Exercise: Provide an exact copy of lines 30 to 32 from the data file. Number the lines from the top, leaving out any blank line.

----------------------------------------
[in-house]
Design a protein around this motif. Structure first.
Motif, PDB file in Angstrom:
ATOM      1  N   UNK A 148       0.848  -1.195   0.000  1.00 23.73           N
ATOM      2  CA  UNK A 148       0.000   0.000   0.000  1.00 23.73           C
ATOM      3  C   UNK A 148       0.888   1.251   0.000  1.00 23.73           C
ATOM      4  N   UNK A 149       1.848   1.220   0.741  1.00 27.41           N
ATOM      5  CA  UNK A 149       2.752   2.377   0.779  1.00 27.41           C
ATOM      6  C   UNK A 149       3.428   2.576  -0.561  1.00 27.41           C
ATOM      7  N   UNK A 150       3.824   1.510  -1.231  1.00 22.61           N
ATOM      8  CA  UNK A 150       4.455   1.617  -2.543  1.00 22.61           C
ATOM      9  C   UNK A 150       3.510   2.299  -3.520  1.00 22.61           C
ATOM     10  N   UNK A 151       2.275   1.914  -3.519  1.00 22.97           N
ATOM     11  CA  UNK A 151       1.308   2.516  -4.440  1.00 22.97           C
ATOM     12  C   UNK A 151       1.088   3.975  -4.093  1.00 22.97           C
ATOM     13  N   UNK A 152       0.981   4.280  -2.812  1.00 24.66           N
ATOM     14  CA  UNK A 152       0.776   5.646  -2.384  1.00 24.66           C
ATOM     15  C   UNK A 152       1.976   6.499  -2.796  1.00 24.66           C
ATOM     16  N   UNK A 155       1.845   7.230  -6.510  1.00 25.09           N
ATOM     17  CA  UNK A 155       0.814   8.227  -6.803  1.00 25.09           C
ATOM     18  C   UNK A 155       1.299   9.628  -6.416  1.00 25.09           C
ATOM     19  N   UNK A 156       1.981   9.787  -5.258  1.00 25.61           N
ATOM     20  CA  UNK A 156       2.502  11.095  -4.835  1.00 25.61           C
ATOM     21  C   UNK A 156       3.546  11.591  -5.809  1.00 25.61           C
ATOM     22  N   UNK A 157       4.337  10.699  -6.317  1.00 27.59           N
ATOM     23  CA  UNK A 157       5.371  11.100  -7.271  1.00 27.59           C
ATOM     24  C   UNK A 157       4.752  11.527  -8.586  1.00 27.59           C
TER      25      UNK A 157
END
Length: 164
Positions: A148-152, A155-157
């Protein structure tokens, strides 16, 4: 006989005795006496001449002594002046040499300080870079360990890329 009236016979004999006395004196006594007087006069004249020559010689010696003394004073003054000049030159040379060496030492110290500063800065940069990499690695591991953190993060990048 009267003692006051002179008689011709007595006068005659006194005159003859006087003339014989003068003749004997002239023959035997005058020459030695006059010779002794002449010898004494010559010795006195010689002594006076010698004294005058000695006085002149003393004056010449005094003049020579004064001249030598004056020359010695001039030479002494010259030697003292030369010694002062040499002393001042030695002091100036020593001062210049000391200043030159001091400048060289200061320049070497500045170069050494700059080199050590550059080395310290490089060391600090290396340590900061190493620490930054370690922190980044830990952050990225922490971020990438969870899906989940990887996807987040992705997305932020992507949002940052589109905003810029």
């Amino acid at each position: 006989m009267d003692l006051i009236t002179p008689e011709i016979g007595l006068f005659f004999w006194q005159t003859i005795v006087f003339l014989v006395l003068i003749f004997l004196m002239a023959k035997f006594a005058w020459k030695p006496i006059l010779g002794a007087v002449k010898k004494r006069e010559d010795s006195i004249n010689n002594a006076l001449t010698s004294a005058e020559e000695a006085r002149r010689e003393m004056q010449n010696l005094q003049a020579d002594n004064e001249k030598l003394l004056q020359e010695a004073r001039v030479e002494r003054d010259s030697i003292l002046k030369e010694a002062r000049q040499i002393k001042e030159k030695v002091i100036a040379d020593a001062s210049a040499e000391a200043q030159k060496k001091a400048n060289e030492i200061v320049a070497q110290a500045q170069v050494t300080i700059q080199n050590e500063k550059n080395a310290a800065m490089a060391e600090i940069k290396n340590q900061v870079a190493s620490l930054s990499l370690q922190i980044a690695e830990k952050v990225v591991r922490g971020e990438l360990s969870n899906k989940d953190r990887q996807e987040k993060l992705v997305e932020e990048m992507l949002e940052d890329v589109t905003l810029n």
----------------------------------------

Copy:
Length: 164
Positions: A148-152, A155-157
């Protein structure tokens, strides 16, 4: 006989005795006496001449002594002046040499300080870079360990890329 009236016979004999006395004196006594007087006069004249020559010689010696003394004073003054000049030159040379060496030492110290500063800065940069990499690695591991953190993060990048 009267003692006051002179008689011709007595006068005659006194005159003859006087003339014989003068003749004997002239023959035997005058020459030695006059010779002794002449010898004494010559010795006195010689002594006076010698004294005058000695006085002149003393004056010449005094003049020579004064001249030598004056020359010695001039030479002494010259030697003292030369010694002062040499002393001042030695002091100036020593001062210049000391200043030159001091400048060289200061320049070497500045170069050494700059080199050590550059080395310290490089060391600090290396340590900061190493620490930054370690922190980044830990952050990225922490971020990438969870899906989940990887996807987040992705997305932020992507949002940052589109905003810029």